Hold On To Me Darling
"If I feel it, someone's gonna know it." That's Strings McCrane in a nutshell. McCrane is the country music star and matinee idol at the center of Kenneth Lonergan's latest work, Hold On To Me Darling. The title is the name of one of Strings' songs, and it's also what Strings is searching for.
We first meet Strings (Timothy Olyphant) in a Kansas City hotel room. He's in KC to shoot a movie (which has already gone over due to Strings' "process"), but production has stopped so Strings can mourn the loss of his mother. Without her as his constant, he doesn't know where home is anymore.
Strings has people around him, to be sure. He has, for example, his assistant, Jimmy (Keith Nobbs), who is at his beck and call. Jimmy describes himself as Strings' closest friend, but this doesn't do the trick. Strings is still longing for a connection.
Playwright Lonergan (This Is Our Youth, You Can Count On Me) takes his time developing Strings' character, showing us Strings' impulsive ways. We see this play out in the way he quickly forms an attachment to Nancy (Jenn Lyon), the masseuse who works at the KC hotel. We also see this in the way Strings latches on to Essie (Adelaide Clemens), a second cousin, twice removed (or something). As Strings looks for a home, he idealizes the simplicity of regular work. He looks at his brother, Duke (a strong C.J. Wilson), and thinks, "Maybe that's the answer," and hastily makes a life-altering decision.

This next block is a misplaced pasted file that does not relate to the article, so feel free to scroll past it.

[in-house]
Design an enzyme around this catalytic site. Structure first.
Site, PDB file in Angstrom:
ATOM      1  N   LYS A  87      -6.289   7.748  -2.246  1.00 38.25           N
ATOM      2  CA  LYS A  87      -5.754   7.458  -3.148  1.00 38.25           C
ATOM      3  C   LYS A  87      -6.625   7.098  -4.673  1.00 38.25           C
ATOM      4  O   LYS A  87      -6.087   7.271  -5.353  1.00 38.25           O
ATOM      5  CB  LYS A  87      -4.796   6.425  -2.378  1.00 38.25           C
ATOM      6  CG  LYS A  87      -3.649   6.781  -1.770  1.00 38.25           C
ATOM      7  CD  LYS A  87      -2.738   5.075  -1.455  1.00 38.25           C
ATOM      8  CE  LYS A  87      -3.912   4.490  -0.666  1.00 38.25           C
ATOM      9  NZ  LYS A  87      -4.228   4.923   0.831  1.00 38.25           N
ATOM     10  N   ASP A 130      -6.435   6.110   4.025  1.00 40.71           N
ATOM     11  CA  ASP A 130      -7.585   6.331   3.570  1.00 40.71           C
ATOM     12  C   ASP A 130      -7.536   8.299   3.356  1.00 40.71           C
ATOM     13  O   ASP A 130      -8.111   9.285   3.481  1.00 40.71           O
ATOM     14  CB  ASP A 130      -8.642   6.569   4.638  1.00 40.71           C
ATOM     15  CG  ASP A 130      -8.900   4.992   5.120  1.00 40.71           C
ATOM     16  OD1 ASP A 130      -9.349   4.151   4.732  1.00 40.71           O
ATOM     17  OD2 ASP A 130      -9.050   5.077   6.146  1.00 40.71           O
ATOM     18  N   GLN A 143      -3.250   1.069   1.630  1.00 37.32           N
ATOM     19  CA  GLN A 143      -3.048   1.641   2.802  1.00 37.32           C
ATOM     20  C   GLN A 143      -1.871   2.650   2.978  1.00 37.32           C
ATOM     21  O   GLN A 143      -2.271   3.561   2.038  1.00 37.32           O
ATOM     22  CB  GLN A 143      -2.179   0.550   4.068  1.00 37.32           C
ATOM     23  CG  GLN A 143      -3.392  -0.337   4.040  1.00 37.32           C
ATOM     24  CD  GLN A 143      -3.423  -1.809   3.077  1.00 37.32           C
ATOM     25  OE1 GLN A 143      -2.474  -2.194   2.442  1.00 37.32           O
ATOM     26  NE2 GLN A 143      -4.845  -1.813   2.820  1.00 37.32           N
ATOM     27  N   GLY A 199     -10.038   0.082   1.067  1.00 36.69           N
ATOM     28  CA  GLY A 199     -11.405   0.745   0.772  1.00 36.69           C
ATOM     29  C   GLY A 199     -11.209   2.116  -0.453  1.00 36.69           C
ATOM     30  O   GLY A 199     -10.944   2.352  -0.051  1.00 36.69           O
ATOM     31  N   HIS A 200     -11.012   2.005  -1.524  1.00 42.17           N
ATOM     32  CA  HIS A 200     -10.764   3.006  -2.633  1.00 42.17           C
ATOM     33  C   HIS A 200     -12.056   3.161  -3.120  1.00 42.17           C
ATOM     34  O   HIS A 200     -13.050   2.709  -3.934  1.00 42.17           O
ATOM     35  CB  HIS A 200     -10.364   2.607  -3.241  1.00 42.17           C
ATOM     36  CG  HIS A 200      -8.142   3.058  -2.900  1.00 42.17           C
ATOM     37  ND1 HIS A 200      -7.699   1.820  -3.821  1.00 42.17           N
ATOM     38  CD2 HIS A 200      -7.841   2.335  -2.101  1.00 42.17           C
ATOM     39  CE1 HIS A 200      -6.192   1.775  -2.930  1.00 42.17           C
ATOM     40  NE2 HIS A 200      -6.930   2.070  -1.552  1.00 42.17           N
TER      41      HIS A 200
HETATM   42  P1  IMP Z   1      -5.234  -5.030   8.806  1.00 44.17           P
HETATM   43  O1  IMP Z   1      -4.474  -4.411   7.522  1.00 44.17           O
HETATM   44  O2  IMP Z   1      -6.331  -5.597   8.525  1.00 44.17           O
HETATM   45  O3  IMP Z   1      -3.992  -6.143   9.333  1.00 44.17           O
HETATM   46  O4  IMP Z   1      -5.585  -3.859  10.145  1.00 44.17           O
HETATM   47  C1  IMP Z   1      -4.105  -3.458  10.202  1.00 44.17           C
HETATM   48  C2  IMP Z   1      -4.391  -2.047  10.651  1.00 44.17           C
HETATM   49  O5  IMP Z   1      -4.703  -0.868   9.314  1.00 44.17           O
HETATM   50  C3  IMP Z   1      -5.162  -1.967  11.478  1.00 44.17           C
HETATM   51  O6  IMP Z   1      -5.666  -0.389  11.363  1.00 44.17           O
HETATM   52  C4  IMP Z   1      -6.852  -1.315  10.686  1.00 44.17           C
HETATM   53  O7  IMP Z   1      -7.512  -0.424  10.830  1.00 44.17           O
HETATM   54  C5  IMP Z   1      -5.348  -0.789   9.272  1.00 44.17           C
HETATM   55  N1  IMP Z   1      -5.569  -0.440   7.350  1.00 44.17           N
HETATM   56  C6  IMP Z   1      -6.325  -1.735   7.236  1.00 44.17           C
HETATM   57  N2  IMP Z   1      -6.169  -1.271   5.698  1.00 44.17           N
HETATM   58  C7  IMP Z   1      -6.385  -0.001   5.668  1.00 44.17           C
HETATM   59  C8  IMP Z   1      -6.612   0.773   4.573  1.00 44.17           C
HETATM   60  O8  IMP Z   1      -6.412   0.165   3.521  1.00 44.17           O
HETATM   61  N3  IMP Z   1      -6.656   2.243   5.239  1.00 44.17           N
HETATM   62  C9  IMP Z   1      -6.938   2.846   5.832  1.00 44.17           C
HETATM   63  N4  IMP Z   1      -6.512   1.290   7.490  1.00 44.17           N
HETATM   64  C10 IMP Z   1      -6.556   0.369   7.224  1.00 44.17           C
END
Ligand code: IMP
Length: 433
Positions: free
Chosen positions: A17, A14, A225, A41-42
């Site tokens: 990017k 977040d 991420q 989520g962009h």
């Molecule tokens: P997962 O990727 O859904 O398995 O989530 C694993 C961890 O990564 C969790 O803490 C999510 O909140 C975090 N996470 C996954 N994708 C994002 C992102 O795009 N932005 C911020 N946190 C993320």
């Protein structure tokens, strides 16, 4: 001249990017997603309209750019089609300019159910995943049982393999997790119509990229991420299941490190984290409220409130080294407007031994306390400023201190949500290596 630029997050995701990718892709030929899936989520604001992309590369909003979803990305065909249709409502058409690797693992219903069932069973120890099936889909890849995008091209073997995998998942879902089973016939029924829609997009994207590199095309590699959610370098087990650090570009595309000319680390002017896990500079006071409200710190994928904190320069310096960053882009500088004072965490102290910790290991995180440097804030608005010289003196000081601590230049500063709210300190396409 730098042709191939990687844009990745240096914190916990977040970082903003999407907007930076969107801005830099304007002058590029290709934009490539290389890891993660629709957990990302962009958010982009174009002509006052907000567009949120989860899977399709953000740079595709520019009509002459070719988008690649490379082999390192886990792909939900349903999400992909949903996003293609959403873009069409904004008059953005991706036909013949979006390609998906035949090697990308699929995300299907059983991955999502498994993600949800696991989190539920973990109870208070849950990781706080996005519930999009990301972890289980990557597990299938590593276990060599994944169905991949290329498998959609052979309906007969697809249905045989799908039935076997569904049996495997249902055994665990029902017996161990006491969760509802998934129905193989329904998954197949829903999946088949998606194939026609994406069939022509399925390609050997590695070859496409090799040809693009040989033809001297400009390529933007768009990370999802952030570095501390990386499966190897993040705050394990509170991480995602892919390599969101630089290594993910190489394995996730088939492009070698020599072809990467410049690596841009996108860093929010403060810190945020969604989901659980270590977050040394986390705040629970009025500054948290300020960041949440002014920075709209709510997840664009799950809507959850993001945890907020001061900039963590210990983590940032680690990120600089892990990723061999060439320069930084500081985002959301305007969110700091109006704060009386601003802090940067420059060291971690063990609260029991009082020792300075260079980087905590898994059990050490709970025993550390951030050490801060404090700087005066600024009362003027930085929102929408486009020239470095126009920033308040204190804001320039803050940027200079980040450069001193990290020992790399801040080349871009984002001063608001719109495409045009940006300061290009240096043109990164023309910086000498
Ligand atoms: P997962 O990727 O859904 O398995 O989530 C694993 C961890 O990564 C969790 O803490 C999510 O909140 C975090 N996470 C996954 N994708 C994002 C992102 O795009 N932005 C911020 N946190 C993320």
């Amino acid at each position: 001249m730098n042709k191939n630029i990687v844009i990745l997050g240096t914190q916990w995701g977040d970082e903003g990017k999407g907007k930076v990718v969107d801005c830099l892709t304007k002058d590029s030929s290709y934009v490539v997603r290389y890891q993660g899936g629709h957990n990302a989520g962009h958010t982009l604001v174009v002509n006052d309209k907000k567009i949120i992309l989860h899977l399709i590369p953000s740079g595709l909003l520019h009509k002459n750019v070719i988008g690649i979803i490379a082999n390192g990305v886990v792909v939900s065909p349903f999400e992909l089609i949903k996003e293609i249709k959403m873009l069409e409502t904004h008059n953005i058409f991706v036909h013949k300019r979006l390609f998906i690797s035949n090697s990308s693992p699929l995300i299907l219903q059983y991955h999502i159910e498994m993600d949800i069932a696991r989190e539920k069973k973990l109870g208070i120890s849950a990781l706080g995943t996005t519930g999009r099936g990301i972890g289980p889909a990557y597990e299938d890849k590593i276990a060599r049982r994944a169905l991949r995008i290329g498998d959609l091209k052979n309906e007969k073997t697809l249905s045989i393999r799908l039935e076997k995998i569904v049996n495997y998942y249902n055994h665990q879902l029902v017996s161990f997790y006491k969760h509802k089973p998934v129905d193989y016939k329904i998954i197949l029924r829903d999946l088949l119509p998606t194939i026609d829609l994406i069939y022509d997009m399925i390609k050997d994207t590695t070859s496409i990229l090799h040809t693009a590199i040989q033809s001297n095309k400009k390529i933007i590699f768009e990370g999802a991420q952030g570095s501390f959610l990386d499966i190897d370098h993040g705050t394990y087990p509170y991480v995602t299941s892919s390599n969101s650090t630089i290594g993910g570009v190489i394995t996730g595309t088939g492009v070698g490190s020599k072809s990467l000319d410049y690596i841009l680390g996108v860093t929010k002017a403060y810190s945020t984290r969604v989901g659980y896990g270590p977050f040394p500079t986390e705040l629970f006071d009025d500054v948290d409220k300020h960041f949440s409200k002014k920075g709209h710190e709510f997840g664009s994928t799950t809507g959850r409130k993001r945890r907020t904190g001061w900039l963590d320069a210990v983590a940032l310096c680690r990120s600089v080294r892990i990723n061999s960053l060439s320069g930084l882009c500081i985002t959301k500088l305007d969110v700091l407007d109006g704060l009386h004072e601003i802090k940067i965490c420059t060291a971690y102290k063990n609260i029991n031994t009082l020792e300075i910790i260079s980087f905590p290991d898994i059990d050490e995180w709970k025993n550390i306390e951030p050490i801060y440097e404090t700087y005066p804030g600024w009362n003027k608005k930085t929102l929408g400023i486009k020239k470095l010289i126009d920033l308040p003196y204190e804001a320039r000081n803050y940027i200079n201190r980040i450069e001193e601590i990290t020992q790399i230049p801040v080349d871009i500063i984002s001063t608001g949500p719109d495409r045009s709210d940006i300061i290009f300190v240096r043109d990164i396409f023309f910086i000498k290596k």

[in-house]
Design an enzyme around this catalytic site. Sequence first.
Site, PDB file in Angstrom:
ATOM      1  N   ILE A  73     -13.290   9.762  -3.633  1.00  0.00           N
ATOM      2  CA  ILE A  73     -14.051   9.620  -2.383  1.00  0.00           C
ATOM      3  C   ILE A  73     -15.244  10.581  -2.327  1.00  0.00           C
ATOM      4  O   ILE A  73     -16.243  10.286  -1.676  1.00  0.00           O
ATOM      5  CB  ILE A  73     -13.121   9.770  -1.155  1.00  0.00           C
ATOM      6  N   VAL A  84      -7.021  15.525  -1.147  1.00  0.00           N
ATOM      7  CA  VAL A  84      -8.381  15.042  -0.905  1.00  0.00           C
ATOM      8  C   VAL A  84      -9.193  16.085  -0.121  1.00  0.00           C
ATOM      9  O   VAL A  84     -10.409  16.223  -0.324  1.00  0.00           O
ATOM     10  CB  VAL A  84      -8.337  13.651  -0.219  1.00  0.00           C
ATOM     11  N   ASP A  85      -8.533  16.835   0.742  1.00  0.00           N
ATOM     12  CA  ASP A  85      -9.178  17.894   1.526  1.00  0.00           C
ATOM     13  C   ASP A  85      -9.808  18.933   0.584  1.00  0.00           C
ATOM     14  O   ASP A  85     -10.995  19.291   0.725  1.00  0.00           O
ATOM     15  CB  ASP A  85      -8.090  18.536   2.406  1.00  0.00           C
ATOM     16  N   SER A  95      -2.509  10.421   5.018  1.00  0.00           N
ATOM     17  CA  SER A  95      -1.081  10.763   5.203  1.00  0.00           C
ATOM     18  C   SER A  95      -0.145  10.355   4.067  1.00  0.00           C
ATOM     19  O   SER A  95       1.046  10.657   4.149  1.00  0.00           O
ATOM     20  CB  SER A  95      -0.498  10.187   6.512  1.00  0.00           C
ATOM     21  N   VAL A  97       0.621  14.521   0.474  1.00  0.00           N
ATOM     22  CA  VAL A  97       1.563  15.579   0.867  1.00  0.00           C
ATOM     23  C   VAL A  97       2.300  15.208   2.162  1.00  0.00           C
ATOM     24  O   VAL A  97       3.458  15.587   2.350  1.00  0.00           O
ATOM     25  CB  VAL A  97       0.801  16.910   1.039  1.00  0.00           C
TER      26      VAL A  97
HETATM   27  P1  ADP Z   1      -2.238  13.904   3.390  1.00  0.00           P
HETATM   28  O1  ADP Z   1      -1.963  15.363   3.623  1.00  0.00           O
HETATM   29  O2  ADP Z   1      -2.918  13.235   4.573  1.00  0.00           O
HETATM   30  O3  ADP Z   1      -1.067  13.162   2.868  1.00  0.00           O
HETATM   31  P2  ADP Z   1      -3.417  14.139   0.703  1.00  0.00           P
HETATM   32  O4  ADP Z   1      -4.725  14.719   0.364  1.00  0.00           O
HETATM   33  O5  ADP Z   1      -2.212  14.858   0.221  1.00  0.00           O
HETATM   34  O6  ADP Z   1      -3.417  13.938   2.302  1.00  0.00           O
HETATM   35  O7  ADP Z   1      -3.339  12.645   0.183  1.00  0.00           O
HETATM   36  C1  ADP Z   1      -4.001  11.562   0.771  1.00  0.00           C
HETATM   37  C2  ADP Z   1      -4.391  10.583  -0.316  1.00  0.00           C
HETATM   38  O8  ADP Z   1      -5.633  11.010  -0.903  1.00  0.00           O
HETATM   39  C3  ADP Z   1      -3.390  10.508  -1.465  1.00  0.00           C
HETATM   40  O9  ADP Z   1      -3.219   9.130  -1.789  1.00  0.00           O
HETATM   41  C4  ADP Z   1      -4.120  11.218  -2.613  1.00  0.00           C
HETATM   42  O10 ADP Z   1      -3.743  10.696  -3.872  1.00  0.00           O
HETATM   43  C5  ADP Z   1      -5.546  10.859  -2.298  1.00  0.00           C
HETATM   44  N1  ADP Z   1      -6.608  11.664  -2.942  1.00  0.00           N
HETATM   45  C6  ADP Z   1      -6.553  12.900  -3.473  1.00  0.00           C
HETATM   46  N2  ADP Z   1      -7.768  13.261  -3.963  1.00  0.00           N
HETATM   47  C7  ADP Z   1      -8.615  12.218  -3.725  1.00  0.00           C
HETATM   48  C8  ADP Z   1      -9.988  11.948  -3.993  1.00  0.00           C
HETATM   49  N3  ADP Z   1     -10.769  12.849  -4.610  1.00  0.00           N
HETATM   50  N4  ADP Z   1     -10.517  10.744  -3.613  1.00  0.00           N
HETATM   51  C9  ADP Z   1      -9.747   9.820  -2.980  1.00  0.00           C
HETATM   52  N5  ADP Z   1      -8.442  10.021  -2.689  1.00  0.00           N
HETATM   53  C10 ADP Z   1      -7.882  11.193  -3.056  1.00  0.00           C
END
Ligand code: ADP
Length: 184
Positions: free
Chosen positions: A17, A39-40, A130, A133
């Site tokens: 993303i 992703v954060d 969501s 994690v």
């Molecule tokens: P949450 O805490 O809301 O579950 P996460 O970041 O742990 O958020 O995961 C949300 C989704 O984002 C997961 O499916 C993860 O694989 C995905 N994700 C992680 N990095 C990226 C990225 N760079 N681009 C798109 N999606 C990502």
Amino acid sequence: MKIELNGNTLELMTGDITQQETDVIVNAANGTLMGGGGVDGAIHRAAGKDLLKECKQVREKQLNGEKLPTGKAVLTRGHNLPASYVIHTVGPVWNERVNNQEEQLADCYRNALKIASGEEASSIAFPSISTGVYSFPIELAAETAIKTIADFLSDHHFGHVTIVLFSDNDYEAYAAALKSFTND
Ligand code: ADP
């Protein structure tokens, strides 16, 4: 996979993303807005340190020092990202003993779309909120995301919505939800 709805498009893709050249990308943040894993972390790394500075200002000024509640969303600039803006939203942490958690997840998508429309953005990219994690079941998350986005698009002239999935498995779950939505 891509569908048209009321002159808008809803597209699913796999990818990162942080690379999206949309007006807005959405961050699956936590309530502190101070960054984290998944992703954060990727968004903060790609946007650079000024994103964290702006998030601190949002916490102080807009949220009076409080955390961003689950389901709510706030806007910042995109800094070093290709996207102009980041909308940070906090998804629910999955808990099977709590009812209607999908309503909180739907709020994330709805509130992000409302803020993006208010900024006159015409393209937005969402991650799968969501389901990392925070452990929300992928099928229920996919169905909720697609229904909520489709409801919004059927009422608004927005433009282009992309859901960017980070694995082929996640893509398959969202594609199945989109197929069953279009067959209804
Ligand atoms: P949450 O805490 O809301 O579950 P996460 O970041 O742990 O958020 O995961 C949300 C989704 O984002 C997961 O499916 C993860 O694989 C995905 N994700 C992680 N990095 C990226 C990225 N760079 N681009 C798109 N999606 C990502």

Of course, making any sort of rash decision in the wake of tragedy is ill-advised. Yet Strings must find someone to hold on to. While there's plenty of humor along the way, Lonnergan and director Neil Pepe (Hands on a Hardbody) mine the emotional turmoil, building to an ending (featuring a great Jonathan Hogan) that is not only sincere and sensitive but one that feels earned.
Along the way, I appreciated the great writing (something I expected from the playwright). Lonergan wrote Hold On To Me Darling in a twangy vernacular, a sort of regional dialect that makes all these people real characters and not caricatures. And I loved Timothy Olyphant, a stage veteran better known for his work in film and television. (I "met" him in since Scream 2 and Go, and adored him in The Broken Heart Club, but you might know him from Deadwood, Justified, or the recent This Is Where I Leave You.) His laid-back physicality belies an intensity and focus that you can't fake on stage, which is a good thing since he's on stage for all but part of one scene. Olyphant gives an engaged and engaging performance in this great, original American play.